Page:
Image of Piene's <i>Fleurs du Mal</i> Piene's Fleurs du Mal
Fleurs du Mal

Otto Piene, Director of the Center for Advanced Visual Studies from 1974 to 1993, co-founded the influential Group ZERO in 1950s Germany, and leads an international movement devoted to Sky Art. His celebratory public art works include very large inflatable sculptures, some requiring dozens of volunteers and complex physics calculations to lift them into the sky. He created this particular sculpture, Fleurs du Mal (Flowers of Evil), in 1968–1970. The title refers to a volume by the French poet Charles Baudelaire, who was successfully prosecuted on morals charges in 19th century Paris in connection with its publication.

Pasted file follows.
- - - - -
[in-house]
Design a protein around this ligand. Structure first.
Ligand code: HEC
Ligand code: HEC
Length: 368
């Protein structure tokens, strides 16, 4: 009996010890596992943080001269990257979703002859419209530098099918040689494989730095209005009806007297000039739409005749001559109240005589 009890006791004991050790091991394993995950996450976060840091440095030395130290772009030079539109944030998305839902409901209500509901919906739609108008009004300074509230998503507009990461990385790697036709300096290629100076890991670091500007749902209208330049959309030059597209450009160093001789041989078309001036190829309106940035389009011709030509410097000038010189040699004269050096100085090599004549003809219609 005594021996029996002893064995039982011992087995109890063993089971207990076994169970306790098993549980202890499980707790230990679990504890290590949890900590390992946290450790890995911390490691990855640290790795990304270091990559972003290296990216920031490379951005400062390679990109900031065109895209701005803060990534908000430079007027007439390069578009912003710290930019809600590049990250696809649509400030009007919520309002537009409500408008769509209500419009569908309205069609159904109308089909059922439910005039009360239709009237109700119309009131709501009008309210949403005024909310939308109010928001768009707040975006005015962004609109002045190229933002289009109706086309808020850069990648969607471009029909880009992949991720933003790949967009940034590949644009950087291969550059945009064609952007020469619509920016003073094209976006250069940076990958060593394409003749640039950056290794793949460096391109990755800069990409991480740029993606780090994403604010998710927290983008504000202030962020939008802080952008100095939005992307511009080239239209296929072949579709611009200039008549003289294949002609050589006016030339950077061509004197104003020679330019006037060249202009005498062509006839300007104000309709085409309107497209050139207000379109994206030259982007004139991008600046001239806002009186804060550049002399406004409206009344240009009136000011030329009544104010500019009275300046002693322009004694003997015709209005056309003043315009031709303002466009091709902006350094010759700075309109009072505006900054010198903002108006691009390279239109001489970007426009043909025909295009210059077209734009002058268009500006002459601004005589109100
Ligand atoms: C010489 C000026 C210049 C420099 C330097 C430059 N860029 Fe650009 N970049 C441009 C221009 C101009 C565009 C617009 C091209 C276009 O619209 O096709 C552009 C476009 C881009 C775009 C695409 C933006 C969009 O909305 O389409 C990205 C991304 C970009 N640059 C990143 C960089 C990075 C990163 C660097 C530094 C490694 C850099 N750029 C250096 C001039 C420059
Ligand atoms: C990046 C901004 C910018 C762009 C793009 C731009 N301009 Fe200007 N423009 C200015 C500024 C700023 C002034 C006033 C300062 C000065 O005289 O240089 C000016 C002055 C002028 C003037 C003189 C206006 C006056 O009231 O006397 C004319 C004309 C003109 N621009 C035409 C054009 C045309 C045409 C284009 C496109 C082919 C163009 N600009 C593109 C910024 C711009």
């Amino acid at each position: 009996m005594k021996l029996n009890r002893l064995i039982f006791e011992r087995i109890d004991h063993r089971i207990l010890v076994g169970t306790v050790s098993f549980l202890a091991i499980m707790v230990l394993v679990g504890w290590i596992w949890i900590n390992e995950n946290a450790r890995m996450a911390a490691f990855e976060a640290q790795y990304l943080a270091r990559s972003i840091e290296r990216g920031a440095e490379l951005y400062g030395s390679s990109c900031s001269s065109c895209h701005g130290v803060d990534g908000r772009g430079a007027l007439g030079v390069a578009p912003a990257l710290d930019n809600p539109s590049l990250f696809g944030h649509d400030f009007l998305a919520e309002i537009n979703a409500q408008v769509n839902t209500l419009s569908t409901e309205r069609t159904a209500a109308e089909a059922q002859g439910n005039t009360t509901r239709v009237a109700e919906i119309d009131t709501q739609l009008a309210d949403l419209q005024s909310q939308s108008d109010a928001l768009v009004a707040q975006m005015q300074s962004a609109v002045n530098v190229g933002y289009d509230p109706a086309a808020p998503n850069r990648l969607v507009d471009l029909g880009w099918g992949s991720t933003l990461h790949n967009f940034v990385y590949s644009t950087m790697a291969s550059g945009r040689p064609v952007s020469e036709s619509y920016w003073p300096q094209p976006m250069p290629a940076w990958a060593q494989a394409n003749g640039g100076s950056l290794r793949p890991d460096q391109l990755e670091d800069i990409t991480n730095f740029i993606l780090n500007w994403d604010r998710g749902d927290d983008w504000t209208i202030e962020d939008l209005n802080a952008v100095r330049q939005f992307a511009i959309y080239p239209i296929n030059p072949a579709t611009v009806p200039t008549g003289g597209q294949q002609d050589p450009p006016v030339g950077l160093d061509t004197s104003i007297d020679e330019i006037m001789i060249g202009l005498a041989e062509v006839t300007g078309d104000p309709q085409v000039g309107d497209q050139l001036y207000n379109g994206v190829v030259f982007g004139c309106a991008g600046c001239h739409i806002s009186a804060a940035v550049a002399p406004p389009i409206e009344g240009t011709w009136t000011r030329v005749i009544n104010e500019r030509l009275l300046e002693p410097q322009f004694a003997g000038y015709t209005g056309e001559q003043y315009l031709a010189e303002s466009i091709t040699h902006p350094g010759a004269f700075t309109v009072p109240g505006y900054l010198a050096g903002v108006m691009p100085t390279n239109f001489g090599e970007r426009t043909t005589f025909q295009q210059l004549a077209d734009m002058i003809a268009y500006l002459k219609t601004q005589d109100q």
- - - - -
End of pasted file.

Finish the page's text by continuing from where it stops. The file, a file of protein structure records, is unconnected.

The sculpture is designed to inflate and deflate periodically. Most installations of this work (including the final two months of the MIT 150 Exhibition) are in an isolated darkened room in which strobe lights reveal the unfolding and collapsing sculpture through images of frozen motion. Combined with the loud (around 110 dB) blower motor noises, the work is intense, disturbing, and fascinating. In the original installation of the artwork, the strobe lights were the personal contribution of MIT Professor Harold Edgerton.

Exhibited:
Fleurs du Mal, Inflatable
Otto Piene
1968–1970
Loan from Otto Piene

photo: courtesy of Otto Piene

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